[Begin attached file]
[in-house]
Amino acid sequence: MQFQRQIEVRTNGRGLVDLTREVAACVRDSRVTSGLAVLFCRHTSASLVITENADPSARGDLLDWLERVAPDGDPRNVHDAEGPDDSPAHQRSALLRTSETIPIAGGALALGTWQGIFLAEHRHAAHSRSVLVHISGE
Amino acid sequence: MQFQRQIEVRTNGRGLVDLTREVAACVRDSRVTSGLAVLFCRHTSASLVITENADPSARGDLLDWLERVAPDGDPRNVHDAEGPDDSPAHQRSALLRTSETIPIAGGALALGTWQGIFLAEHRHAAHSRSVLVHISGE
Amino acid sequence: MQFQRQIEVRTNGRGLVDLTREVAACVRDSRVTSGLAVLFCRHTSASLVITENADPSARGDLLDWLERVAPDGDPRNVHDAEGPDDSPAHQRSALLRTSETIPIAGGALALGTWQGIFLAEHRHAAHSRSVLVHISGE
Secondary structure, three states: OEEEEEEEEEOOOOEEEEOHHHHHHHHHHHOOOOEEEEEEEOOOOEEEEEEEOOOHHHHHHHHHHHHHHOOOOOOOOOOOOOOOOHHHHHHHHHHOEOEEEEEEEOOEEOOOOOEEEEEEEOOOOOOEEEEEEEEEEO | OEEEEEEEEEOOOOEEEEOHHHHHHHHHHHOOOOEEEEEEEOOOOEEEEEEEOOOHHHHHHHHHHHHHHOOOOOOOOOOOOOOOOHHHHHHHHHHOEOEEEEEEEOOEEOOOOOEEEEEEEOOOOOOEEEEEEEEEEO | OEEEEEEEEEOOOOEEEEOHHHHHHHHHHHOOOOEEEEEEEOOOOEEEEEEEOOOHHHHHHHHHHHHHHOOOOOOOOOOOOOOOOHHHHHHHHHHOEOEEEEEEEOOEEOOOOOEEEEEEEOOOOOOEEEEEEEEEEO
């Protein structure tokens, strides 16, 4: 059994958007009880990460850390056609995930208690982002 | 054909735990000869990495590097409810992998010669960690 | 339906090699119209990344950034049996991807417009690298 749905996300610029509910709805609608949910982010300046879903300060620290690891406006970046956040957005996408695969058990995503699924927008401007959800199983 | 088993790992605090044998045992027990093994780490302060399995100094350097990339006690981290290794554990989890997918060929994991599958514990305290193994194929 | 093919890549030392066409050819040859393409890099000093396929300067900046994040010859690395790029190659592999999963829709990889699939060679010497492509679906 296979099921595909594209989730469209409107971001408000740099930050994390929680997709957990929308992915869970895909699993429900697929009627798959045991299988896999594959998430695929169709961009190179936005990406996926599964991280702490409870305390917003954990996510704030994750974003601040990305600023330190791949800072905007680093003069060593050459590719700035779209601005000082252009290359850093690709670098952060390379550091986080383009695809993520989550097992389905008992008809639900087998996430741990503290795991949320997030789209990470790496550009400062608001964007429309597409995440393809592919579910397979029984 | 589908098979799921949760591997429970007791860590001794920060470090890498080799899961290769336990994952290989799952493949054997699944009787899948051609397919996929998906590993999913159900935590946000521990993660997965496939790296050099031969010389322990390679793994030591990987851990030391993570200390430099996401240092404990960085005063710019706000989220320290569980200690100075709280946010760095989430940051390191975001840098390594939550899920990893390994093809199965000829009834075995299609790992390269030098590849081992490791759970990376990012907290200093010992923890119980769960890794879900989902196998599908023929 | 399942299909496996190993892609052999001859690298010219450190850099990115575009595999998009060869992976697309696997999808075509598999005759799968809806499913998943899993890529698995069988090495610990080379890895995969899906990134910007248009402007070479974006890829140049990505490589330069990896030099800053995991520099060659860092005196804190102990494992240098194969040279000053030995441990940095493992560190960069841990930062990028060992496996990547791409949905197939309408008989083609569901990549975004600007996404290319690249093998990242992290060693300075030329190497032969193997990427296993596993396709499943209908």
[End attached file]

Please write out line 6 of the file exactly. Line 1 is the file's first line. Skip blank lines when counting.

């Protein structure tokens, strides 16, 4: 059994958007009880990460850390056609995930208690982002 | 054909735990000869990495590097409810992998010669960690 | 339906090699119209990344950034049996991807417009690298 749905996300610029509910709805609608949910982010300046879903300060620290690891406006970046956040957005996408695969058990995503699924927008401007959800199983 | 088993790992605090044998045992027990093994780490302060399995100094350097990339006690981290290794554990989890997918060929994991599958514990305290193994194929 | 093919890549030392066409050819040859393409890099000093396929300067900046994040010859690395790029190659592999999963829709990889699939060679010497492509679906 296979099921595909594209989730469209409107971001408000740099930050994390929680997709957990929308992915869970895909699993429900697929009627798959045991299988896999594959998430695929169709961009190179936005990406996926599964991280702490409870305390917003954990996510704030994750974003601040990305600023330190791949800072905007680093003069060593050459590719700035779209601005000082252009290359850093690709670098952060390379550091986080383009695809993520989550097992389905008992008809639900087998996430741990503290795991949320997030789209990470790496550009400062608001964007429309597409995440393809592919579910397979029984 | 589908098979799921949760591997429970007791860590001794920060470090890498080799899961290769336990994952290989799952493949054997699944009787899948051609397919996929998906590993999913159900935590946000521990993660997965496939790296050099031969010389322990390679793994030591990987851990030391993570200390430099996401240092404990960085005063710019706000989220320290569980200690100075709280946010760095989430940051390191975001840098390594939550899920990893390994093809199965000829009834075995299609790992390269030098590849081992490791759970990376990012907290200093010992923890119980769960890794879900989902196998599908023929 | 399942299909496996190993892609052999001859690298010219450190850099990115575009595999998009060869992976697309696997999808075509598999005759799968809806499913998943899993890529698995069988090495610990080379890895995969899906990134910007248009402007070479974006890829140049990505490589330069990896030099800053995991520099060659860092005196804190102990494992240098194969040279000053030995441990940095493992560190960069841990930062990028060992496996990547791409949905197939309408008989083609569901990549975004600007996404290319690249093998990242992290060693300075030329190497032969193997990427296993596993396709499943209908």